Why the 'Unexpected' Keeps Happening
If a driver noticed that the real-world landmarks no longer matched his GPS map, he would take it as a wake-up call that his GPS unit was malfunctioning. (Tragically, every year a few motorists choose to ignore their eyes and instead continue blindly following their computer maps, resulting in what is now called "death by GPS.")
Similarly, the repeated occurrence of “unexpected” economic news should serve as a wake-up call to supporters of increased government control over the economy. In the words of Ayn Rand, they should “check their premises.” The “unexpected” is reality’s way of telling them they should stop relying on their faulty map of bad leftist economic theories. Otherwise, America may soon face the economic equivalent of “death by GPS,” as is already unfolding in countries like Greece.
Unfortunately, too many journalists and pundits prefer to dismiss inconvenient facts that don’t fit their preconceived theories, thus abdicating their professional responsibility to report and analyze the truth to their best ability. If a doctor treated his patients with the discredited medieval medical practices of leeches and bloodletting, we would not let him off the hook simply because he later claimed his patients’ deaths were “unexpected.” Neither should we let journalists and pundits off the hook who insist on characterizing each new failure of discredited economic theories as "unexpected" or an "anomaly" or "misfortune."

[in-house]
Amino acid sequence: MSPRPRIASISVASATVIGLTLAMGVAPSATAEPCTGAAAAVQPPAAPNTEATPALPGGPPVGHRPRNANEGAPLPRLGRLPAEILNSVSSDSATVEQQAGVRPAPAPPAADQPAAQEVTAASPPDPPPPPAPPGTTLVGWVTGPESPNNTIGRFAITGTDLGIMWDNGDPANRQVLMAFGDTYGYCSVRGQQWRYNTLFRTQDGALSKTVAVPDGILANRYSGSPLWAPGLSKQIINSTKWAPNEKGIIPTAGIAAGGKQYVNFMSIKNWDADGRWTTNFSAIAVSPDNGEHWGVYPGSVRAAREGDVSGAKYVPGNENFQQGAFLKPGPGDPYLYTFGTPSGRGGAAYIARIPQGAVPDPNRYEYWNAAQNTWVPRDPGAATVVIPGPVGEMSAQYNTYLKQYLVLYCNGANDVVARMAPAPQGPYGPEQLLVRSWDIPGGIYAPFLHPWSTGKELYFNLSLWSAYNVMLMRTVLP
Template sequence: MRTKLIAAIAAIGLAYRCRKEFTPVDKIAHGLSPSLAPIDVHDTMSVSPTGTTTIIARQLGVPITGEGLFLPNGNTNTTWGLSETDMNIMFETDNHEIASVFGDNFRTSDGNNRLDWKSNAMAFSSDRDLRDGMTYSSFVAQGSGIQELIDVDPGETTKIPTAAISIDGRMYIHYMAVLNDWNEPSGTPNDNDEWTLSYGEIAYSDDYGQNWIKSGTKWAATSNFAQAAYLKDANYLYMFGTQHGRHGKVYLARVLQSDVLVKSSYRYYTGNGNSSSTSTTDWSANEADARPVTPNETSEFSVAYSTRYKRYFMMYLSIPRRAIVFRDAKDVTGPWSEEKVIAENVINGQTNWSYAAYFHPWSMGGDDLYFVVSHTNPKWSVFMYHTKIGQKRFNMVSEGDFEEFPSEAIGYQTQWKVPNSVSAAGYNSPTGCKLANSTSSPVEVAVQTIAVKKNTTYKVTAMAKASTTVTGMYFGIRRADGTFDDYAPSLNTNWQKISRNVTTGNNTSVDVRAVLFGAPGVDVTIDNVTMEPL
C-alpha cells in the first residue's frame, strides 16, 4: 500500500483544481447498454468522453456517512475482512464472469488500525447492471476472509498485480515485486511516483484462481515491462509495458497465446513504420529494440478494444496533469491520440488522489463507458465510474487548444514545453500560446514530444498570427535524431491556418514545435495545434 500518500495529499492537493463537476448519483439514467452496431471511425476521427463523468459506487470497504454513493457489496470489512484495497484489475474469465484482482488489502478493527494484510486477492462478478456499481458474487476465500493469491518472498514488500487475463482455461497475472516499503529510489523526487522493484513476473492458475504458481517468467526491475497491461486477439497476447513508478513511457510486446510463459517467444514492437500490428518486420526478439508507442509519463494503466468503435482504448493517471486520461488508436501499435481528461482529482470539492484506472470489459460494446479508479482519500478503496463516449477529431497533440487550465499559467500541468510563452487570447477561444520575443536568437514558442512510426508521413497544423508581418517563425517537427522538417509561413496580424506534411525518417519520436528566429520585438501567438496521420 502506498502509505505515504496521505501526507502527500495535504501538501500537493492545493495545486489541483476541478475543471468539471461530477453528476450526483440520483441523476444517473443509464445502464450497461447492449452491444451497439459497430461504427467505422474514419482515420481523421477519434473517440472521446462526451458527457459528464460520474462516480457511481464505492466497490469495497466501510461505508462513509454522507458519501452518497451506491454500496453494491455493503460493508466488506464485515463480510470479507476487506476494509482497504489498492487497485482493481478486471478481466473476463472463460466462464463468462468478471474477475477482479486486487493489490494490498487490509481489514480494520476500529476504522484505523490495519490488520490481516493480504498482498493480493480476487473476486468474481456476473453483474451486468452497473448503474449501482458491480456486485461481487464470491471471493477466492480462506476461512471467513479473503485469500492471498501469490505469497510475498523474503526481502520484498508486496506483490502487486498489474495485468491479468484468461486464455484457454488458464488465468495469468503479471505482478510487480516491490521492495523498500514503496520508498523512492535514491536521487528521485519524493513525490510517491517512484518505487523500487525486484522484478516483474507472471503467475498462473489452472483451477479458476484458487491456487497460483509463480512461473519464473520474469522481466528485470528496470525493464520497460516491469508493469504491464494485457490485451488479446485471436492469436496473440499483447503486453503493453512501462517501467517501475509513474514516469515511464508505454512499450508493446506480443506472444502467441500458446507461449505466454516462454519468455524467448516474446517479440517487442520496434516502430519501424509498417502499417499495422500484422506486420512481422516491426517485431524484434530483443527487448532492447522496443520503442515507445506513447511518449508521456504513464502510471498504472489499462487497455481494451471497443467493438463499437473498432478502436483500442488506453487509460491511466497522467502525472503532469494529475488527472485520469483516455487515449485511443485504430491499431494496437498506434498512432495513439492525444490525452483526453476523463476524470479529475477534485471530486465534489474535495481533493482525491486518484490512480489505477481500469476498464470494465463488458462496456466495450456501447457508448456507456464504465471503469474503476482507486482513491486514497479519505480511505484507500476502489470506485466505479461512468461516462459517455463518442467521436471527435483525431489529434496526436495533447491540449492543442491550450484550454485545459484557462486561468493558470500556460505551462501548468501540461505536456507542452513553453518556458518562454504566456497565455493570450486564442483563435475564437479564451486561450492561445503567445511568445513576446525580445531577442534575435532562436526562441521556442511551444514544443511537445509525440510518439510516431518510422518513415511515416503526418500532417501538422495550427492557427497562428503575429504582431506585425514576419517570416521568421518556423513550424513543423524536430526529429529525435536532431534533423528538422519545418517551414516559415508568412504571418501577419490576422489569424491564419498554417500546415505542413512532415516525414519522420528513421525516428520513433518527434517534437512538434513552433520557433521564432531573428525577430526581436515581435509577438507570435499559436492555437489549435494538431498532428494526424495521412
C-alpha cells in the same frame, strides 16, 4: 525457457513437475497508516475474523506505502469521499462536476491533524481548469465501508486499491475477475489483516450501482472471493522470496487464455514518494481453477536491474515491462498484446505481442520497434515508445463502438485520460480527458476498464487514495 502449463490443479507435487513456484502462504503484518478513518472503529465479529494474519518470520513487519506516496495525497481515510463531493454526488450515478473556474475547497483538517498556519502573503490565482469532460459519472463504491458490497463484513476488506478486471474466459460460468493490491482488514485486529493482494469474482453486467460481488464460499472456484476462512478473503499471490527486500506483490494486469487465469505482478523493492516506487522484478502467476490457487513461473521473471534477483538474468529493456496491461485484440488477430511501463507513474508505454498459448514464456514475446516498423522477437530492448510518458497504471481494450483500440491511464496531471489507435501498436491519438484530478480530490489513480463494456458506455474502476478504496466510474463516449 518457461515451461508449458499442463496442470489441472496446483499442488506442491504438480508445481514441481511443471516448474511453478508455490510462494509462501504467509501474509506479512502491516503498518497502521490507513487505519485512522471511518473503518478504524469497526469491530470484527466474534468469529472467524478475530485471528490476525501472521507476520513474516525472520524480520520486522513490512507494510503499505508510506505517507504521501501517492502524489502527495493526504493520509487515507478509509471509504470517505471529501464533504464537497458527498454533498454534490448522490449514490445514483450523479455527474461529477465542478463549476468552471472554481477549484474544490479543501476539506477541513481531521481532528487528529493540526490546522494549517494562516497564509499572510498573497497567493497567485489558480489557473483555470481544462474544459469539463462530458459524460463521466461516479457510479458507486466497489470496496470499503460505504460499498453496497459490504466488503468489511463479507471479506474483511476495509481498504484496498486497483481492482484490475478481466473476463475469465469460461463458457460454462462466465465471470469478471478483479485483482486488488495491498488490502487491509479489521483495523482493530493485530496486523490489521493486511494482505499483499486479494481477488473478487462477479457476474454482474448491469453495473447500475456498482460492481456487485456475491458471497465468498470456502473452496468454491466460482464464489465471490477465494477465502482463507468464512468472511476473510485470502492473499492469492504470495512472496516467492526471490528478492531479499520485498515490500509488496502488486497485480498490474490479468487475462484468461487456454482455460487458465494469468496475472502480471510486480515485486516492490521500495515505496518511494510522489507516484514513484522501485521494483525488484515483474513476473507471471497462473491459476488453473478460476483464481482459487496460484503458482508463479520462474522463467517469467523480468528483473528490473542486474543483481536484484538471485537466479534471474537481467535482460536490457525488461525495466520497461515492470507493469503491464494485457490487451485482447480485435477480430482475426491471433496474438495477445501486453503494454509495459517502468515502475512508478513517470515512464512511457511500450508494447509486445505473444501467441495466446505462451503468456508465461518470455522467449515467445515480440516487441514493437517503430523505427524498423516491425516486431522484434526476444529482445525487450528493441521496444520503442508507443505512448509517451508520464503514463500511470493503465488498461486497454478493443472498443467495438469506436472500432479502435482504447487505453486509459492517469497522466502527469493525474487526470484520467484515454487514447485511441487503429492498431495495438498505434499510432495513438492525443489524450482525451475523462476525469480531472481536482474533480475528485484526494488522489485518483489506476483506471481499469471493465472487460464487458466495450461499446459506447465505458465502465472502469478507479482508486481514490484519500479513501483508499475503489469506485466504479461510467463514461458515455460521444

As writer Robert Heinlein once wryly observed:
Throughout history, poverty is the normal condition of man. Advances which permit this norm to be exceeded — here and there, now and then — are the work of an extremely small minority, frequently despised, often condemned, and almost always opposed by all right-thinking people. Whenever this tiny minority is kept from creating, or (as sometimes happens) is driven out of a society, the people then slip back into abject poverty. This is known as “bad luck.”
President Obama claimed that he wanted the country to hold an "adult conversation" about our economic future. If so, the first step will be to hold newsmen and pundits to responsible adult standards of reporting, rather than letting them get away with the journalistic equivalent of driving like drunken teenagers.